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MANILA ELECTRIC CO. vs. REMOQUILLO, et als.

FACTS

Efren Magno went to his stepbrother’s 3 story house to fix a leaking “media agua,” (downspout).

He climbed up to the media agua which was just below the 3rd floor window and stood on it to receive a
galvanized iron sheet through the said window. After grabbing hold of the sheet, he turned around and
a portion of the iron sheet he was holding came into contact with an electric wire of Manila Electric
Company (the Company) strung 2.5 ft parallel to the edge of the media agua, electrocuting him and
killing him.

His widow and children filed a suit to recover damages from the company and the trial court
rendered judgment in their favor. The Company appealed to the CA, which affirmed the judgment. It is
this CA decision the Company now seeks to appeal.

ISSUE

WON the Company’s negligence in the installation and maintenance of its wires was the proximate

cause of the death

HELD

No. It merely provided the condition from which the cause arose (it set the stage for the cause of the
injury to occur).

Ratio

A prior and remote cause (which furnishes the condition or gives rise to the occasion by which an injury
was made possible) cannot be the basis of an action if a distinct, successive, unrelated and efficient
cause of the injury intervenes between such prior and remote cause and the injury. If no danger existed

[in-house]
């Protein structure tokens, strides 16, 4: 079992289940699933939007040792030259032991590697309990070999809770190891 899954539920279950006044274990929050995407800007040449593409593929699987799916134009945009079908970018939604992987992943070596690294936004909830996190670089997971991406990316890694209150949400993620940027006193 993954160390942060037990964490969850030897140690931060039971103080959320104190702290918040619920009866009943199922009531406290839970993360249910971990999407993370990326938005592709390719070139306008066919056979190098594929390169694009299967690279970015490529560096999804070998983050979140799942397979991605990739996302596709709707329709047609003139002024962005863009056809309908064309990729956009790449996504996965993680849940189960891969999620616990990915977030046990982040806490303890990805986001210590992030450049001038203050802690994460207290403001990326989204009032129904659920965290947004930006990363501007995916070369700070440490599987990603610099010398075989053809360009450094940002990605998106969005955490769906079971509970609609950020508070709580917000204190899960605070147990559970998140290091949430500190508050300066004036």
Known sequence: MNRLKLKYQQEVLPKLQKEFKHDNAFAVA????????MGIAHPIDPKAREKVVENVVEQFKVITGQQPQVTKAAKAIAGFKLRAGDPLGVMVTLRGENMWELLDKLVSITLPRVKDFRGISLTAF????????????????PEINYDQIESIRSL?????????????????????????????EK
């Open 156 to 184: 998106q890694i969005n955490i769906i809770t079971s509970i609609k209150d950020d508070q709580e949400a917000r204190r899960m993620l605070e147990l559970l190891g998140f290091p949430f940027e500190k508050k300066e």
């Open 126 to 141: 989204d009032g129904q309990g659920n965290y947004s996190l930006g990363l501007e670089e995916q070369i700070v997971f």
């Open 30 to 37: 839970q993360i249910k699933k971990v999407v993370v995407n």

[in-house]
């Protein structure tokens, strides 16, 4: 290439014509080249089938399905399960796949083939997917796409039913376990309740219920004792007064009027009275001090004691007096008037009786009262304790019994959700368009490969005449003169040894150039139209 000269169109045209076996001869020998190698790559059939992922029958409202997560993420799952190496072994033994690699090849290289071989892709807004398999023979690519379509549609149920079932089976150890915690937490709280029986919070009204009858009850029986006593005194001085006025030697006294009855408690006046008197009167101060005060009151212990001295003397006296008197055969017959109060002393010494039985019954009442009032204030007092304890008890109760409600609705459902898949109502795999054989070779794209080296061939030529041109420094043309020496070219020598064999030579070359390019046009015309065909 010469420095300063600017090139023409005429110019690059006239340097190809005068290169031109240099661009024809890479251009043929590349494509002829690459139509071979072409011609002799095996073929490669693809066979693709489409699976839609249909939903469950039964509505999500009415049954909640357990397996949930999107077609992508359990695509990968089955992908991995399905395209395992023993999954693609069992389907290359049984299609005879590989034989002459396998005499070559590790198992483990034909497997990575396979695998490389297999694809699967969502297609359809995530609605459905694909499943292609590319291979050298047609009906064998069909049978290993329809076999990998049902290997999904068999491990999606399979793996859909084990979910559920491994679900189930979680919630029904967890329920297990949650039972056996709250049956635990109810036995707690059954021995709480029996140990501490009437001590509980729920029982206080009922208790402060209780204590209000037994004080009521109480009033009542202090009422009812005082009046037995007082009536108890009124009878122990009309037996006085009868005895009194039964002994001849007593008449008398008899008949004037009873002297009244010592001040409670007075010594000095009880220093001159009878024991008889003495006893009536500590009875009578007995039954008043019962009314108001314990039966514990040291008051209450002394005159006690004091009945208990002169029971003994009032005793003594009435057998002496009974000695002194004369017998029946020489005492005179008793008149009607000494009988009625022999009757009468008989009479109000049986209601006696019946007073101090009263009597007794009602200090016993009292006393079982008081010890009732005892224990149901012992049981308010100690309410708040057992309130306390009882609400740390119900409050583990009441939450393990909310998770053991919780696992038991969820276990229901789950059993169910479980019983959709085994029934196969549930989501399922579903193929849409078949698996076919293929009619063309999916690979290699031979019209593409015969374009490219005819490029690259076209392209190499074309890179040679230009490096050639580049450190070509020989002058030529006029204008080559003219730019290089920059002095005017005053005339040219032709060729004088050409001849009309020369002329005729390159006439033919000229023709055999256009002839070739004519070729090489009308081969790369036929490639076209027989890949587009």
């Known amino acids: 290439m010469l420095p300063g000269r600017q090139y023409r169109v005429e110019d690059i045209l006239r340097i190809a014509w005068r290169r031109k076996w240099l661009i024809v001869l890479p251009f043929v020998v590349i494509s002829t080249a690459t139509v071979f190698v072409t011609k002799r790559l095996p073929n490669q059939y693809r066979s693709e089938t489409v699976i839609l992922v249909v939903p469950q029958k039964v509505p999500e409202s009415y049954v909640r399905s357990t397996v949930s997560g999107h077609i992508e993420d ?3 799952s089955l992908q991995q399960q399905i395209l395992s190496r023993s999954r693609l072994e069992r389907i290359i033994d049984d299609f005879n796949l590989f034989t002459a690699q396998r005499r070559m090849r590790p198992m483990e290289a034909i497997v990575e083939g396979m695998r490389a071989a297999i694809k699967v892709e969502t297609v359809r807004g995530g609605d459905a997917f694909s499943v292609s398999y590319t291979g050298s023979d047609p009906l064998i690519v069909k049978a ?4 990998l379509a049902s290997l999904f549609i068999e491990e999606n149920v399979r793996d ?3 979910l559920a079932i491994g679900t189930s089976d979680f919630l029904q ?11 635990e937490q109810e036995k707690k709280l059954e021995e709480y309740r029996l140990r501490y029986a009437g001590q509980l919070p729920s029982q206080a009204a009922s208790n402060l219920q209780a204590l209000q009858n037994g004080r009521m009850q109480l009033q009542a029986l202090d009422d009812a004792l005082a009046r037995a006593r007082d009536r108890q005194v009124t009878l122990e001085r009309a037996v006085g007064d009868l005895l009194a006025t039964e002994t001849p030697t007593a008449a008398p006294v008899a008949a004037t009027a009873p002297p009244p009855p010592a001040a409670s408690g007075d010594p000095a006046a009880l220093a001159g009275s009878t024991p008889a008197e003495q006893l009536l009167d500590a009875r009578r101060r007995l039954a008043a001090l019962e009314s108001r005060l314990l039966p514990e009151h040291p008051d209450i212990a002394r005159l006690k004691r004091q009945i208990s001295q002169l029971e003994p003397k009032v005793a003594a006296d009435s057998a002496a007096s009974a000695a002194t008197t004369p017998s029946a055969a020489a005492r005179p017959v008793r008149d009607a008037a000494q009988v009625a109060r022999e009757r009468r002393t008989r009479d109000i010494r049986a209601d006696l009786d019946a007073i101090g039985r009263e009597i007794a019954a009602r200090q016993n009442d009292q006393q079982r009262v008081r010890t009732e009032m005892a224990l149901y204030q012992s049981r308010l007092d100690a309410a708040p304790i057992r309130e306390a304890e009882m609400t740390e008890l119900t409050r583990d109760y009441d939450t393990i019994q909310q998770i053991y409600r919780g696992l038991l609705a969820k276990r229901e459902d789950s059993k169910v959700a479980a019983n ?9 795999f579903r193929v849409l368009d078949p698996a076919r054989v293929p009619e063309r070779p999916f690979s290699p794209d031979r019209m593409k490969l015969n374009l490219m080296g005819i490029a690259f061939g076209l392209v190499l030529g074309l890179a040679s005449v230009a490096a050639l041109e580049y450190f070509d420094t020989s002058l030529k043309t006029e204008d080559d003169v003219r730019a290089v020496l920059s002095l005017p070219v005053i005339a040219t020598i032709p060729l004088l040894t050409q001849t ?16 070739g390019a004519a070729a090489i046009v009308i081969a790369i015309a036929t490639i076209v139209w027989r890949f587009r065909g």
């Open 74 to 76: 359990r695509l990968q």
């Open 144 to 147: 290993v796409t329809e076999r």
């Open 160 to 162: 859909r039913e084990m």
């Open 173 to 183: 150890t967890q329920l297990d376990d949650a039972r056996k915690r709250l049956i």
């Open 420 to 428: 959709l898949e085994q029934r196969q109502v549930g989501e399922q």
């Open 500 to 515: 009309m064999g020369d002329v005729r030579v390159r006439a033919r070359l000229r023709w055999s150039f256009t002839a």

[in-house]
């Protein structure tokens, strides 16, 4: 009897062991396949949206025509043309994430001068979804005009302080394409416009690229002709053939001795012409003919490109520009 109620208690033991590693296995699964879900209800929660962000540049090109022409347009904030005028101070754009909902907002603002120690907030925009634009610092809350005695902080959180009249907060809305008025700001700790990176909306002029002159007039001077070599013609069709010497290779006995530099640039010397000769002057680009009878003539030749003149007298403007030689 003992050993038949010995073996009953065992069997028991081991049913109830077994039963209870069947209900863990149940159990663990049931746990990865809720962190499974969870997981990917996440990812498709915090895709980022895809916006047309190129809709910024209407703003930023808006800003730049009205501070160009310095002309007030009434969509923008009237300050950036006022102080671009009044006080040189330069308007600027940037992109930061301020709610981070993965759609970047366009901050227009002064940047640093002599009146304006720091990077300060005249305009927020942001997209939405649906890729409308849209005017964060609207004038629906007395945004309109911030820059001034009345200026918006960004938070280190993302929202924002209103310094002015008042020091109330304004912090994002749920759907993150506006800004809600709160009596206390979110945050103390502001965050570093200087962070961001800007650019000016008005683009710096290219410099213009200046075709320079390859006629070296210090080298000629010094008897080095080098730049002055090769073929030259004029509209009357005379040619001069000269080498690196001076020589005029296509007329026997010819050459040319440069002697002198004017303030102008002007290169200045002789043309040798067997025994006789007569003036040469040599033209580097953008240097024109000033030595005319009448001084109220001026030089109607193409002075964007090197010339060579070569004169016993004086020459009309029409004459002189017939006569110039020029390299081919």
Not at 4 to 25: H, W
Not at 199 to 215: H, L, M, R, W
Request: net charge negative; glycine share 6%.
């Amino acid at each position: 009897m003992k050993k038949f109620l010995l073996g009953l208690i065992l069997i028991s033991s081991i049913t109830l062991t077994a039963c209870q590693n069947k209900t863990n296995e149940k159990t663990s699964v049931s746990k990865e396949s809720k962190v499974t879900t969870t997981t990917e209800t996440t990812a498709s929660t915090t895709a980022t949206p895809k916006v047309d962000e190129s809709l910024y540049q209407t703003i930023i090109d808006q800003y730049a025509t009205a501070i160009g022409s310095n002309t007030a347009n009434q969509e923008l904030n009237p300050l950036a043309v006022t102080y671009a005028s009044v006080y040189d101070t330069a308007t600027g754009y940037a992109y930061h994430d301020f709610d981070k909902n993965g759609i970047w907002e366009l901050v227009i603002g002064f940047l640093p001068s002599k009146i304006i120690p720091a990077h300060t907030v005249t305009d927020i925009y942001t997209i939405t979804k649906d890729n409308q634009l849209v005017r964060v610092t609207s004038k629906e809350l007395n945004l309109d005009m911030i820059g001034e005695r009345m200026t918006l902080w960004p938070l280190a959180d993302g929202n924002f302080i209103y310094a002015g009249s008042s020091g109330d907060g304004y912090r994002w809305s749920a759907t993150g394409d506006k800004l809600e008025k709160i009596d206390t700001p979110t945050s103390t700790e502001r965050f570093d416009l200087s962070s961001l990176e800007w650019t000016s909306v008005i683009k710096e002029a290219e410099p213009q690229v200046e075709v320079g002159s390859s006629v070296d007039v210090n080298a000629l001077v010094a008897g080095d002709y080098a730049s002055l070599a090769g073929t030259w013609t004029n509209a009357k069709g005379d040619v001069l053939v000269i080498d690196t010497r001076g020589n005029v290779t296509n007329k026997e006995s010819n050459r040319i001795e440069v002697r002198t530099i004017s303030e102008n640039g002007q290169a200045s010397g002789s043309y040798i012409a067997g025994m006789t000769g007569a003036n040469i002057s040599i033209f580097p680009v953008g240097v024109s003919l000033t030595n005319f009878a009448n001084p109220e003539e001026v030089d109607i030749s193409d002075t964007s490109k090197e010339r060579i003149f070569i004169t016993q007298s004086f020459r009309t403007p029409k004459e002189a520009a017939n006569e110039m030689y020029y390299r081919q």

in the condition except because of the independent cause, such condition was not the proximate cause.
And if an independent negligent act or defective condition sets into operation the circumstances which
result in injury because of the prior defective condition, such subsequent act or condition is the
proximate cause.

Reasoning

We fail to see how the Company could be held guilty of negligence or as lacking in due diligence. To us it
is clear that the principal and proximate cause of the electrocution was not the electric wire, evidently a
remote cause, but rather the reckless and negligent act of Magno in turning around and swinging the
galvanized iron sheet without taking any precaution, such as looking back toward the street and at the
wire to avoid its contacting said iron sheet, considering the latter's length of 6 feet.- The real cause of
the accident or death was the reckless or negligent act of Magno himself. When he was called by his
stepbrother to repair the media agua just below the third story window, it is to be presumed that due to
his age and experience he was qualified to do so. Perhaps he was a tinsmith or carpenter and had had
training and experience for the job. So, he could not have been entirely a stranger to electric wires and
the danger lurking in them. But unfortunately, in the instant case, his training and experience failed him,
and forgetting where he was standing, holding the 6-ft iron sheet with both hands and at arms length,
evidently without looking, and throwing all prudence and discretion to the winds, he turned around
swinging his arms with the motion of his body, thereby causing his own electrocution.

Disposition

CA decision reversed. Complaint against company dismissed